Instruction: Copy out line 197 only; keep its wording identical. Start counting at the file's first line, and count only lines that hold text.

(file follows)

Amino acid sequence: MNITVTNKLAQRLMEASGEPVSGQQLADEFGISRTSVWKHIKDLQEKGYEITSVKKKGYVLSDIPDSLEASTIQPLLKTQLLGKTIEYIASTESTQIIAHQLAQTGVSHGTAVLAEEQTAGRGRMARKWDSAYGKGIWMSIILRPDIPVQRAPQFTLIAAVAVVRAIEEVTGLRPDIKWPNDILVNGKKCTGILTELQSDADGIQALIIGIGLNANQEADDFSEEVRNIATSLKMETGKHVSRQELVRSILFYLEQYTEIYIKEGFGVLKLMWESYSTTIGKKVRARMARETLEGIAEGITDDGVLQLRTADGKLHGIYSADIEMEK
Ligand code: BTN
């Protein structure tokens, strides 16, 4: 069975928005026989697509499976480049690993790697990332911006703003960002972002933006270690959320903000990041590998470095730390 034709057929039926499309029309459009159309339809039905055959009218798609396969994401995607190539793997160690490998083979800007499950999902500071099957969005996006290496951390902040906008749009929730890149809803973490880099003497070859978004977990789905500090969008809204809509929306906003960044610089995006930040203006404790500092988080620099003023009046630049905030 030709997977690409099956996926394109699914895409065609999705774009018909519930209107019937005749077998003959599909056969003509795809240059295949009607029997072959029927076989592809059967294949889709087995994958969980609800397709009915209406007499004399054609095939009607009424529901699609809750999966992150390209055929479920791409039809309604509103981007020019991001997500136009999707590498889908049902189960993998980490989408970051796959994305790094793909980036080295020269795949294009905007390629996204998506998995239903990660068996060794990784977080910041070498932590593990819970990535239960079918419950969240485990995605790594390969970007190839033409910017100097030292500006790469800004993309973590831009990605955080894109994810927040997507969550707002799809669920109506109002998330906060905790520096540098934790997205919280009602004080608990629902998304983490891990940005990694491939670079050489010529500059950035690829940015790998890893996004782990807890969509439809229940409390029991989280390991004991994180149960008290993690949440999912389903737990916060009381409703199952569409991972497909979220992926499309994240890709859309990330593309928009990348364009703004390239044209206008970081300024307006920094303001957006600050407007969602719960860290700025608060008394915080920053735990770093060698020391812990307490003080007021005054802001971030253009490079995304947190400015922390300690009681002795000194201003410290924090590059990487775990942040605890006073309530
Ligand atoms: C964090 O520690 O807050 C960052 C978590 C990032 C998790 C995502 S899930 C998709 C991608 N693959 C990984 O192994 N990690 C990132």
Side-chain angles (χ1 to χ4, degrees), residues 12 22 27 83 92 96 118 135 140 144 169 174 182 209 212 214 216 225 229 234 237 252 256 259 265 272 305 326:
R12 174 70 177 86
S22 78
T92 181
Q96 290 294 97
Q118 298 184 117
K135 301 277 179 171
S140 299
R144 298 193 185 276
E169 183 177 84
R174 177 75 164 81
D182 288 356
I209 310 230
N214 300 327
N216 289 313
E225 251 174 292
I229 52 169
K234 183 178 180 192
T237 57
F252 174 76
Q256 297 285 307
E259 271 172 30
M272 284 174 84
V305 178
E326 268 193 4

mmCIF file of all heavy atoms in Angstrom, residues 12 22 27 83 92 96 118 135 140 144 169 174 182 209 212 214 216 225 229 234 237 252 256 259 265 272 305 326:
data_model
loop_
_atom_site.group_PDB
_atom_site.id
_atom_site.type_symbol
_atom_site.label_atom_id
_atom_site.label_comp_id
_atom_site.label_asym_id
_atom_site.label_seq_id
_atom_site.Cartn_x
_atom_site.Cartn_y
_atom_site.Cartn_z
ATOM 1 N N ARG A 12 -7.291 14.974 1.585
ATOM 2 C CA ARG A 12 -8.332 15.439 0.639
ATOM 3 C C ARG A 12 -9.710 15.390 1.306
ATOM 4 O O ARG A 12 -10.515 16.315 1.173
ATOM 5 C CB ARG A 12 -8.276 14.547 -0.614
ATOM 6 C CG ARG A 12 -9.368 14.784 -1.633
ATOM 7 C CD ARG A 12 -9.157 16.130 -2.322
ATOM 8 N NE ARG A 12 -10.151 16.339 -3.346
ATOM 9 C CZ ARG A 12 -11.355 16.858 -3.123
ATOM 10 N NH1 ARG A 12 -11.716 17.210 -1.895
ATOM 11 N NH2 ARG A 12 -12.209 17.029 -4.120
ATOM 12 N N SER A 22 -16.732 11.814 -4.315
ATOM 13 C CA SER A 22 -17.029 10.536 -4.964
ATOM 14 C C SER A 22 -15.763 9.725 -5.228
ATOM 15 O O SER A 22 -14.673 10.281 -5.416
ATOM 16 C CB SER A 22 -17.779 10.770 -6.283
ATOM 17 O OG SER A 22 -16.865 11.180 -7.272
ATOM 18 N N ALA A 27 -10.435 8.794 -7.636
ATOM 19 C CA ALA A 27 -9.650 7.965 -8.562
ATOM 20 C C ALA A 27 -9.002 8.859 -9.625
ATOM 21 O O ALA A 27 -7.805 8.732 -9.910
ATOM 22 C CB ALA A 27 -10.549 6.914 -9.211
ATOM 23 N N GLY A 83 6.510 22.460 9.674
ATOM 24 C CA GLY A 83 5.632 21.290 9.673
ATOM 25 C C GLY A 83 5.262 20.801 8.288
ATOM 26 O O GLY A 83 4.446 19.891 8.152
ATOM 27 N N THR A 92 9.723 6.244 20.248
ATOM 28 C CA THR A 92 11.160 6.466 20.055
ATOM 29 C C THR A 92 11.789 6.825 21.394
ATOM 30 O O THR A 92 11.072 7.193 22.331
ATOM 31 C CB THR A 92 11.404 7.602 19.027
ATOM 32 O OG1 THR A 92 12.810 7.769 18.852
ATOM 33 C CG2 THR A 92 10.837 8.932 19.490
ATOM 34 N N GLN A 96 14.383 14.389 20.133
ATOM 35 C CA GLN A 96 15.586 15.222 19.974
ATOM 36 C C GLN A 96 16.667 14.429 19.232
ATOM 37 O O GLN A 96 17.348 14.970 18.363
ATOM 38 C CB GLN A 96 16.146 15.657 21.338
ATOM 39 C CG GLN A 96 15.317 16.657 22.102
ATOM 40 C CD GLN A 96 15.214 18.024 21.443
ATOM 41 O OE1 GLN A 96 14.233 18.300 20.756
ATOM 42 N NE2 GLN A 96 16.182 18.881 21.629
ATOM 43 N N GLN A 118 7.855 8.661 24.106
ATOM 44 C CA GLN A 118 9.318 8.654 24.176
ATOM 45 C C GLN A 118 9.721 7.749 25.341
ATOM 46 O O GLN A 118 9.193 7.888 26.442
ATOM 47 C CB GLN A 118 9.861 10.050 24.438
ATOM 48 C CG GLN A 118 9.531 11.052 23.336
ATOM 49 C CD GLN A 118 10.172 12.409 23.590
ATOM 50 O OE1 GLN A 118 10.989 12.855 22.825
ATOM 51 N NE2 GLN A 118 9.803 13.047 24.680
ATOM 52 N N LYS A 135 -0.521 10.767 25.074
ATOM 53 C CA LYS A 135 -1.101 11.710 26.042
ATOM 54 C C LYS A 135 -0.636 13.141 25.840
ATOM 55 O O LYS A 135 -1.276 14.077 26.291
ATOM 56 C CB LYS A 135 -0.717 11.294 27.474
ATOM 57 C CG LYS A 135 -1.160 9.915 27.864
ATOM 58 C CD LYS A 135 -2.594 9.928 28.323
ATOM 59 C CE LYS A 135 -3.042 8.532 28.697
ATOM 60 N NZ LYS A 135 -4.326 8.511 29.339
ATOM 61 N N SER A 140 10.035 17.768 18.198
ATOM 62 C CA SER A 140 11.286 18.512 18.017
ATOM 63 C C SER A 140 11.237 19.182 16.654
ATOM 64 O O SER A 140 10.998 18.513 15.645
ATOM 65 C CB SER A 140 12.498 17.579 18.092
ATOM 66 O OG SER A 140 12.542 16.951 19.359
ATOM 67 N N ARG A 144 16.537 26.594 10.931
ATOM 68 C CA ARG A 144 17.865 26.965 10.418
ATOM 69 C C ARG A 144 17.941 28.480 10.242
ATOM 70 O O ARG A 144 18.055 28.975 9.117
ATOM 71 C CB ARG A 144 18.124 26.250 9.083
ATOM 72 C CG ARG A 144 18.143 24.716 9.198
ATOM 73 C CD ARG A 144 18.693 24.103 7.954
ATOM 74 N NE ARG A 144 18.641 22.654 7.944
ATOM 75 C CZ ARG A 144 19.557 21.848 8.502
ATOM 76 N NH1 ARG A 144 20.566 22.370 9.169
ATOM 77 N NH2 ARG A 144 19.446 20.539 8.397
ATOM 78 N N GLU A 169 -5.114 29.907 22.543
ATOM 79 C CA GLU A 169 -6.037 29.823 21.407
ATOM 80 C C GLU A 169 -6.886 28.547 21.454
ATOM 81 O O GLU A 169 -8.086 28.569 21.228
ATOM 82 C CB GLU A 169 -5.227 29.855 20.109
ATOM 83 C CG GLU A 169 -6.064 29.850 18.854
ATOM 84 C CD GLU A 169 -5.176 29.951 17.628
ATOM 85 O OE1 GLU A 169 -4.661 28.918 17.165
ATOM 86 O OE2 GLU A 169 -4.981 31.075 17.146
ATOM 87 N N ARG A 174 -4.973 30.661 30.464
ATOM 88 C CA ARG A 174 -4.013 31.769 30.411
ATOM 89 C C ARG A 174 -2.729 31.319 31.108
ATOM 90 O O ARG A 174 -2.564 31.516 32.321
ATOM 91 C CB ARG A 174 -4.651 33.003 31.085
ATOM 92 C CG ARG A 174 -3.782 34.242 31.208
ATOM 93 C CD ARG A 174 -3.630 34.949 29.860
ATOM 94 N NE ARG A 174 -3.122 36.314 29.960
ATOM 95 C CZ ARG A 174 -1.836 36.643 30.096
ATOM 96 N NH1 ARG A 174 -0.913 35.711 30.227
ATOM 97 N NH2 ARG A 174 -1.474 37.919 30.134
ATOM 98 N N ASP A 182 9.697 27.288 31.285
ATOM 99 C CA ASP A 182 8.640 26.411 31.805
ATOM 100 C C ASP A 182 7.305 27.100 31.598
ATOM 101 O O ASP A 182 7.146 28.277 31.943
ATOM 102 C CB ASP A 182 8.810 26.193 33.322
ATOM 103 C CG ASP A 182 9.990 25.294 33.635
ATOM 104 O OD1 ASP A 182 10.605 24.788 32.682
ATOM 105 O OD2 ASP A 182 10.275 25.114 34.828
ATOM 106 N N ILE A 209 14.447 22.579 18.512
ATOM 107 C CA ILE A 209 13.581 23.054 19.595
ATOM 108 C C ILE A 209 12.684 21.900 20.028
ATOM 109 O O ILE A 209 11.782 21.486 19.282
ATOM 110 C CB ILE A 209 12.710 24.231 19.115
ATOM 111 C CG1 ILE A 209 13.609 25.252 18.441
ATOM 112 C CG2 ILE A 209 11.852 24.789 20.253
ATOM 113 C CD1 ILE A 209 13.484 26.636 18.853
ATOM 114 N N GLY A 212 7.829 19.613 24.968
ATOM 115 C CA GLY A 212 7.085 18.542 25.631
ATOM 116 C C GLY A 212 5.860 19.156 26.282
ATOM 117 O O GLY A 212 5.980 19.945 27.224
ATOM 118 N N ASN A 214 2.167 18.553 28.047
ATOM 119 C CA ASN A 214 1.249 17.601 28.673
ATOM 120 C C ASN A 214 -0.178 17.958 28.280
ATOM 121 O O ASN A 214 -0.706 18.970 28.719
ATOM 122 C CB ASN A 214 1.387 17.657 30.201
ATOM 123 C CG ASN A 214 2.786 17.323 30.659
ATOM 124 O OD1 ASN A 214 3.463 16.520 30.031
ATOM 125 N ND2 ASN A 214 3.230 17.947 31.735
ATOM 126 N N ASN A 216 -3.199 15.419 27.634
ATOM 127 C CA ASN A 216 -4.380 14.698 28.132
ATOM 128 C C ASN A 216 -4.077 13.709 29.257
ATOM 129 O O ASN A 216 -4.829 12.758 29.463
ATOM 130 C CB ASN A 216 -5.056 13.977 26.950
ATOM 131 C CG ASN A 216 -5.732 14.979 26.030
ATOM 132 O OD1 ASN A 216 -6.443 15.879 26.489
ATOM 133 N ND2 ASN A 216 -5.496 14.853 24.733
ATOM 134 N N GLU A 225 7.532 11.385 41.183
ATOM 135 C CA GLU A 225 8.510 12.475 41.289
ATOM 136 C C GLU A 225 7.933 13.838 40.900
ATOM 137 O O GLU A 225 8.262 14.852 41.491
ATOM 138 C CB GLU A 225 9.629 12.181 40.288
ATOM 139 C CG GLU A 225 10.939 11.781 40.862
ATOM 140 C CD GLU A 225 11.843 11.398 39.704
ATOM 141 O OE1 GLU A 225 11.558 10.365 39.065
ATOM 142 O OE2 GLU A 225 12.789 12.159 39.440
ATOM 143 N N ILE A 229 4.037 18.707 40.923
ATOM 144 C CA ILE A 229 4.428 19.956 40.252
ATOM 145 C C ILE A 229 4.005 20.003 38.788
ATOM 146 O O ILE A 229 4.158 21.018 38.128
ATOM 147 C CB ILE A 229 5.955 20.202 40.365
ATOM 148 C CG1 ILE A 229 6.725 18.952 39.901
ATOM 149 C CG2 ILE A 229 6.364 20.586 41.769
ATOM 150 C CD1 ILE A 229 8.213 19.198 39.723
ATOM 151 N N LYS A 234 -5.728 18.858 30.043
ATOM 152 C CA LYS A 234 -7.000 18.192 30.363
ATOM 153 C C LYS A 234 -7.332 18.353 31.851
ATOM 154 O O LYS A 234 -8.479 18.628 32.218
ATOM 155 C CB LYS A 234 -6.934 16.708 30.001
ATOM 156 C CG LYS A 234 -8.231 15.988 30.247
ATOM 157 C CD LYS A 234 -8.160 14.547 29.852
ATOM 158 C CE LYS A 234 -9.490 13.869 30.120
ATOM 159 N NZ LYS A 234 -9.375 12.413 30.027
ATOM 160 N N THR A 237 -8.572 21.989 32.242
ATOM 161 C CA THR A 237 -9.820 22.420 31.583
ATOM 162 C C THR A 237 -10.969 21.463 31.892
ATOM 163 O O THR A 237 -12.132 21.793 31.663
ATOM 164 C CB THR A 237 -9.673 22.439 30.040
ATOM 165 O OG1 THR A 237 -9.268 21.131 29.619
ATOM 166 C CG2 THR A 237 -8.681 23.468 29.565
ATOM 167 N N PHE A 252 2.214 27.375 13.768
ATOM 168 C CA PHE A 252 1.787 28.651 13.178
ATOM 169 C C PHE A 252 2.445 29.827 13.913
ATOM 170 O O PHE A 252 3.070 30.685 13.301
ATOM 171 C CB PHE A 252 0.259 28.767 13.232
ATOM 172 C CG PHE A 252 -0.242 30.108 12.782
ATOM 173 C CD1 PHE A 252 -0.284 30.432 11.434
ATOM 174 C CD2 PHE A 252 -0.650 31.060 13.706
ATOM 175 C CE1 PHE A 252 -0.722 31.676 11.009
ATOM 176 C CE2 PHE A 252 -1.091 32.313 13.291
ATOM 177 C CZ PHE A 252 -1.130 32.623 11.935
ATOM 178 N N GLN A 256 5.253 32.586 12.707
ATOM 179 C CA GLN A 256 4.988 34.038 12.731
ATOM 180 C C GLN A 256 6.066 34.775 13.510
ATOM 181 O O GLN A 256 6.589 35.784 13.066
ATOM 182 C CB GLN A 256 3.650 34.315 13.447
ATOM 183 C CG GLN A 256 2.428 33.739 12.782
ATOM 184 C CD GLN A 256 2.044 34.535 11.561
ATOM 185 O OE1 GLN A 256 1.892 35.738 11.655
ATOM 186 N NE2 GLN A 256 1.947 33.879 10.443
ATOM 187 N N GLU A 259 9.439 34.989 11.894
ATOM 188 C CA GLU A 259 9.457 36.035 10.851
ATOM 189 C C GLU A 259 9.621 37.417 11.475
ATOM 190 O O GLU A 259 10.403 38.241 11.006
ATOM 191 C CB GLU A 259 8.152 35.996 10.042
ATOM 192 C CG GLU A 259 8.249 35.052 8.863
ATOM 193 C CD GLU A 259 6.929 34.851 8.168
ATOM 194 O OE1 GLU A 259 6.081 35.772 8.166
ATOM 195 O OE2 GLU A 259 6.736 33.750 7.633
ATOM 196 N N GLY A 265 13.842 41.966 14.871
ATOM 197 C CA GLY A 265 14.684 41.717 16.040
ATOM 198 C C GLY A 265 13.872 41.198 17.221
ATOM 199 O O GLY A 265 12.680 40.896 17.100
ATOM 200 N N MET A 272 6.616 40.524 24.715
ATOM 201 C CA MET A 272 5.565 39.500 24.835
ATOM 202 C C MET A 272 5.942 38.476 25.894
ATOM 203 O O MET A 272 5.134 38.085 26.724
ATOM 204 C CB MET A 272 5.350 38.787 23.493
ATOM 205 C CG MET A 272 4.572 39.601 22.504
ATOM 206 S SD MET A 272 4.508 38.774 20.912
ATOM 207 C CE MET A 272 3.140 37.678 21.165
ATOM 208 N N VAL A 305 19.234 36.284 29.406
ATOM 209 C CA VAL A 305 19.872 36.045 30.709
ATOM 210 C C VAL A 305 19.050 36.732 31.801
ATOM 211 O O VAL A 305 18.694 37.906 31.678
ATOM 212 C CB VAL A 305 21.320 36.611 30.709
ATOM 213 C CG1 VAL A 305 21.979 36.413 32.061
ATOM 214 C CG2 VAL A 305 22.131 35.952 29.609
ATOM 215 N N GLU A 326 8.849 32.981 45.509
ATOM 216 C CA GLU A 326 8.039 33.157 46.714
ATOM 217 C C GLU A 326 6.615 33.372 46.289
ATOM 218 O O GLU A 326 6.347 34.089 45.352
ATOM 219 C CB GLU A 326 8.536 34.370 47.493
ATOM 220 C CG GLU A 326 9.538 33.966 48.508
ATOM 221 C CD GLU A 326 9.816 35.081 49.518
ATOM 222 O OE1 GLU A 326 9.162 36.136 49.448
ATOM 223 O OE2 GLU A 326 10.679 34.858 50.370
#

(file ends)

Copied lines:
ATOM 155 C CB LYS A 234 -6.934 16.708 30.001